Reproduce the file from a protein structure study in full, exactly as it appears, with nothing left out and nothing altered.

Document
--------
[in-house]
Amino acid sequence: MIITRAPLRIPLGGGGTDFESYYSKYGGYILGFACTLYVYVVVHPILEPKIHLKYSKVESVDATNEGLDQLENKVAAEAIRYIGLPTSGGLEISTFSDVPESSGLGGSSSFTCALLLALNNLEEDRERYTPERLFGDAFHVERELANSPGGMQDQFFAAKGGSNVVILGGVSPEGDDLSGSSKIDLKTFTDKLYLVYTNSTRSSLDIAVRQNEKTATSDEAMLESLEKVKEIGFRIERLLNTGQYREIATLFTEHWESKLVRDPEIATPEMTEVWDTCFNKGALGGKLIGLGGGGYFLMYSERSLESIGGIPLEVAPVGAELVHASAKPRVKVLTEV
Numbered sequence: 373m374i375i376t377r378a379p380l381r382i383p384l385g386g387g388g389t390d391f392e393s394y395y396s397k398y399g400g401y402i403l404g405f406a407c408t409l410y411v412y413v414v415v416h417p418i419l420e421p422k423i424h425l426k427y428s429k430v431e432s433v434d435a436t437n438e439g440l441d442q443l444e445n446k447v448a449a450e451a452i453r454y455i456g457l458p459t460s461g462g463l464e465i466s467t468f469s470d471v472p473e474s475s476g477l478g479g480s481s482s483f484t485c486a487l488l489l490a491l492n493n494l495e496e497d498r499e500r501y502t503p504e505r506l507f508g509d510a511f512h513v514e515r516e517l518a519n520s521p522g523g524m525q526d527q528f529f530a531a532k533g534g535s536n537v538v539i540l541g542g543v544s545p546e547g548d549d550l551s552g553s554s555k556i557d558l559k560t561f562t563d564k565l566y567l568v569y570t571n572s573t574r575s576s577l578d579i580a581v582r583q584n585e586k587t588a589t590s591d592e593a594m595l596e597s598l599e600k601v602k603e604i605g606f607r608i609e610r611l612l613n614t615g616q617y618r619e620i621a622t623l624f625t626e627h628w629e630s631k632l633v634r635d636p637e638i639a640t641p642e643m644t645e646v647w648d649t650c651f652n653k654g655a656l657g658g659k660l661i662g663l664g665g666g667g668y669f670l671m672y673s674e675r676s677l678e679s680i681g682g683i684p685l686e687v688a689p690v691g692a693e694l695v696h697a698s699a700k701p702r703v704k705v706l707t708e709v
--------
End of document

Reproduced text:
[in-house]
Amino acid sequence: MIITRAPLRIPLGGGGTDFESYYSKYGGYILGFACTLYVYVVVHPILEPKIHLKYSKVESVDATNEGLDQLENKVAAEAIRYIGLPTSGGLEISTFSDVPESSGLGGSSSFTCALLLALNNLEEDRERYTPERLFGDAFHVERELANSPGGMQDQFFAAKGGSNVVILGGVSPEGDDLSGSSKIDLKTFTDKLYLVYTNSTRSSLDIAVRQNEKTATSDEAMLESLEKVKEIGFRIERLLNTGQYREIATLFTEHWESKLVRDPEIATPEMTEVWDTCFNKGALGGKLIGLGGGGYFLMYSERSLESIGGIPLEVAPVGAELVHASAKPRVKVLTEV
Numbered sequence: 373m374i375i376t377r378a379p380l381r382i383p384l385g386g387g388g389t390d391f392e393s394y395y396s397k398y399g400g401y402i403l404g405f406a407c408t409l410y411v412y413v414v415v416h417p418i419l420e421p422k423i424h425l426k427y428s429k430v431e432s433v434d435a436t437n438e439g440l441d442q443l444e445n446k447v448a449a450e451a452i453r454y455i456g457l458p459t460s461g462g463l464e465i466s467t468f469s470d471v472p473e474s475s476g477l478g479g480s481s482s483f484t485c486a487l488l489l490a491l492n493n494l495e496e497d498r499e500r501y502t503p504e505r506l507f508g509d510a511f512h513v514e515r516e517l518a519n520s521p522g523g524m525q526d527q528f529f530a531a532k533g534g535s536n537v538v539i540l541g542g543v544s545p546e547g548d549d550l551s552g553s554s555k556i557d558l559k560t561f562t563d564k565l566y567l568v569y570t571n572s573t574r575s576s577l578d579i580a581v582r583q584n585e586k587t588a589t590s591d592e593a594m595l596e597s598l599e600k601v602k603e604i605g606f607r608i609e610r611l612l613n614t615g616q617y618r619e620i621a622t623l624f625t626e627h628w629e630s631k632l633v634r635d636p637e638i639a640t641p642e643m644t645e646v647w648d649t650c651f652n653k654g655a656l657g658g659k660l661i662g663l664g665g666g667g668y669f670l671m672y673s674e675r676s677l678e679s680i681g682g683i684p685l686e687v688a689p690v691g692a693e694l695v696h697a698s699a700k701p702r703v704k705v706l707t708e709v